- 出版社：Grand Central Publishing
- 出版日期：2014 年4月
From New York Times bestselling biographer J. Randy Taraborrelli comes an engrossing and revealing portrait of the Hilton dynasty. THE HILTONS is a sweeping saga of the success - and excess - of an iconic American family. Demanding and enigmatic, patriarch Conrad Hilton's visionary ideas and unyielding will established the model for the modern luxury hotel industry. But outside the boardroom, Conrad struggled with emotional detachment, failed marriages, and conflicted Catholicism. Then there were his children: Playboy Nicky Hilton's tragic alcoholism and marriage to Elizabeth Taylor was the stuff of tabloid legend. Barron Hilton, on the other hand, deftly handled his father's legacy, carrying the Hilton brand triumphantly into the new millennium. Eric, raised apart from his older brothers, accepted his supporting role in the Hilton dynasty with calm and quiet - a stark contrast to the boys' much younger half-sister Francesca, whose battle for recognition led her into courtrooms and conflict. The cast of supporting players includes the inimitable Zsa Zsa Gabor, who was married to Conrad briefly and remained a thorn in his side for decades, and a host of other Hollywood and business luminaries with whom the Hiltons crossed paths and swords over the years.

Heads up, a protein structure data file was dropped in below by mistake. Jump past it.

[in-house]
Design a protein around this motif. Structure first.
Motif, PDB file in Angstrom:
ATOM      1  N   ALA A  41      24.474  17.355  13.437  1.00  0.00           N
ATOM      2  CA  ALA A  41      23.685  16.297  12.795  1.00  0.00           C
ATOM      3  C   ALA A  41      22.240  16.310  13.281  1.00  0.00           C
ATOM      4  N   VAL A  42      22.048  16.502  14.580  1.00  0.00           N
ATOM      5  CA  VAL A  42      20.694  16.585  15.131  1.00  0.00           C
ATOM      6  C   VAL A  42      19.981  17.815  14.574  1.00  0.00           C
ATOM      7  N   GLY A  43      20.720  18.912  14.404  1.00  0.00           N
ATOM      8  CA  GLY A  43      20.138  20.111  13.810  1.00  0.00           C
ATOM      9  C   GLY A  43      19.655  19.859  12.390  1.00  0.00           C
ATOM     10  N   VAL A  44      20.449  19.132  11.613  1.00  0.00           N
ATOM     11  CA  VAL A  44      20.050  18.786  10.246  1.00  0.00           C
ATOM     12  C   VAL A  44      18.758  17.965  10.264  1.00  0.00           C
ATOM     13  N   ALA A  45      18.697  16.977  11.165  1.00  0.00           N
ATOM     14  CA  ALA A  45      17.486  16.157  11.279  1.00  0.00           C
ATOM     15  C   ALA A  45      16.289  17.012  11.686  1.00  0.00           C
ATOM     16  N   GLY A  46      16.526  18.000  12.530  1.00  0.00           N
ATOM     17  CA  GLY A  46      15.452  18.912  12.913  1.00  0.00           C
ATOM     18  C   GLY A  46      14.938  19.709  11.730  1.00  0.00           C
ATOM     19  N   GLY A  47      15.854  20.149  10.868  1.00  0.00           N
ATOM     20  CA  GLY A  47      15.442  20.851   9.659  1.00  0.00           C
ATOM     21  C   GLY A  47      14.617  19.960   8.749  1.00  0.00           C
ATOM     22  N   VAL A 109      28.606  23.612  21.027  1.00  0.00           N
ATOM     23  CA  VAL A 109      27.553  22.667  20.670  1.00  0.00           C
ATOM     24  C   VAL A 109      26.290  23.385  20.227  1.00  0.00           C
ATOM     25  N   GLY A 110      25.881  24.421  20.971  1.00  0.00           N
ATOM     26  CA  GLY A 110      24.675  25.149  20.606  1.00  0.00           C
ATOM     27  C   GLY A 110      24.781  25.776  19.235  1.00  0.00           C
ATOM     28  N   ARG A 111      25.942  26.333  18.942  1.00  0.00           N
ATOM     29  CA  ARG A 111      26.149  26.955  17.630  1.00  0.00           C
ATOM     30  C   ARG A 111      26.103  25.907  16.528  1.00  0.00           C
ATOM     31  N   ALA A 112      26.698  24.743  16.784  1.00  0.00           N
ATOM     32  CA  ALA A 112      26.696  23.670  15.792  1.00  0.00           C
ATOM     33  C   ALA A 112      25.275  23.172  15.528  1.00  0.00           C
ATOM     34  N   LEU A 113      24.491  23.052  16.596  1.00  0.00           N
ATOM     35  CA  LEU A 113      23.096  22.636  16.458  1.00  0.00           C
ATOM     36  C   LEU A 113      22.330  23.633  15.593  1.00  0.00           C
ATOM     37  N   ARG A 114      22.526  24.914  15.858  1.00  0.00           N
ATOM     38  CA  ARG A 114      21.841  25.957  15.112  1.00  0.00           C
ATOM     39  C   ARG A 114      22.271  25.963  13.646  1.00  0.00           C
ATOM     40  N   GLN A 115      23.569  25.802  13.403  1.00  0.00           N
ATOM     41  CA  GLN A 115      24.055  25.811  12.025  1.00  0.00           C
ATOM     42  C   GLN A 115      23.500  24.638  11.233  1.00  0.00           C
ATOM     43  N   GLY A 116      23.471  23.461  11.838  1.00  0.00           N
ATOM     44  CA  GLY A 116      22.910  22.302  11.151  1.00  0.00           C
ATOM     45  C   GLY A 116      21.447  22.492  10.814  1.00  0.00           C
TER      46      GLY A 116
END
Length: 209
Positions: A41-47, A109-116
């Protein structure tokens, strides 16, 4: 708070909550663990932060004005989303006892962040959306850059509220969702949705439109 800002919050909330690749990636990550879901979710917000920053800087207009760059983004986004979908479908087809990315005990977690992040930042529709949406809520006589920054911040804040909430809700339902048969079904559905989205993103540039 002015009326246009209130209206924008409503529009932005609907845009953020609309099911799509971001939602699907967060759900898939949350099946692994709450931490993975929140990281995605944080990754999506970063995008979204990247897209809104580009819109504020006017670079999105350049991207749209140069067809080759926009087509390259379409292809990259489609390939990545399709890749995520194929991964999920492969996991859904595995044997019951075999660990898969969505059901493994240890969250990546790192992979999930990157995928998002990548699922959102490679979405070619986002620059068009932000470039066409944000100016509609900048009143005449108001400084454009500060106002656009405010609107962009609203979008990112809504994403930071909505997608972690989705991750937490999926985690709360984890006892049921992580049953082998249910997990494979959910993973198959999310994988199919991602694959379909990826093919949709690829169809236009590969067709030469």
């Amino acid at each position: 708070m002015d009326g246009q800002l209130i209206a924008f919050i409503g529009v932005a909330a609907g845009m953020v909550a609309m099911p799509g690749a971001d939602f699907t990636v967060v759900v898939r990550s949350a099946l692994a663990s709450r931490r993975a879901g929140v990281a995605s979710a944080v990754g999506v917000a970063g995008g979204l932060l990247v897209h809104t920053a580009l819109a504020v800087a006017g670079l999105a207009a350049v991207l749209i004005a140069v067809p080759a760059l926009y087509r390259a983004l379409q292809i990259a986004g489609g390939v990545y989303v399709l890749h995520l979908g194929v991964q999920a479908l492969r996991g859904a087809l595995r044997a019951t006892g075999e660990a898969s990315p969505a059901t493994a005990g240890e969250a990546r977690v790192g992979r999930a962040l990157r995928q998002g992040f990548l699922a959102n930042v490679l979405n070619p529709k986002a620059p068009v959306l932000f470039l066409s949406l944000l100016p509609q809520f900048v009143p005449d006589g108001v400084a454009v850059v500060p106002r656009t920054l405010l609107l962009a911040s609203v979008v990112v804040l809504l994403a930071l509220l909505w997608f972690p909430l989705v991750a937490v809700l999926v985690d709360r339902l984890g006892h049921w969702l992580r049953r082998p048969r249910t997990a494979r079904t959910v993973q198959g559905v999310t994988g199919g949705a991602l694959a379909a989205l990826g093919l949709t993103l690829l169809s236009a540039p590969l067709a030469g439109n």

J. Randy Taraborrelli is a respected journalist, a recognizable entertainment personality, and in-demand guest on many television programs including Today, Good Morning America, The Early Show, Entertainment Tonight, and CNN Headline News. He is the bestselling author of thirteen books.
"Riveting...Hang out the Do Not Disturb sign for this addictive tale."—People
"...filled with enough strange and wonderful anecdotes, and tales of love, greed, and horrid excess to fill a stack full of Jackie Collins novels."—NY Journal of Books
"A vivid account of the family's rise to fortune."—New York Daily News
"Taraborrelli has written the definitive biography of a family whose glory days may have passed but which simply refuses to recede into the background."—Kirkus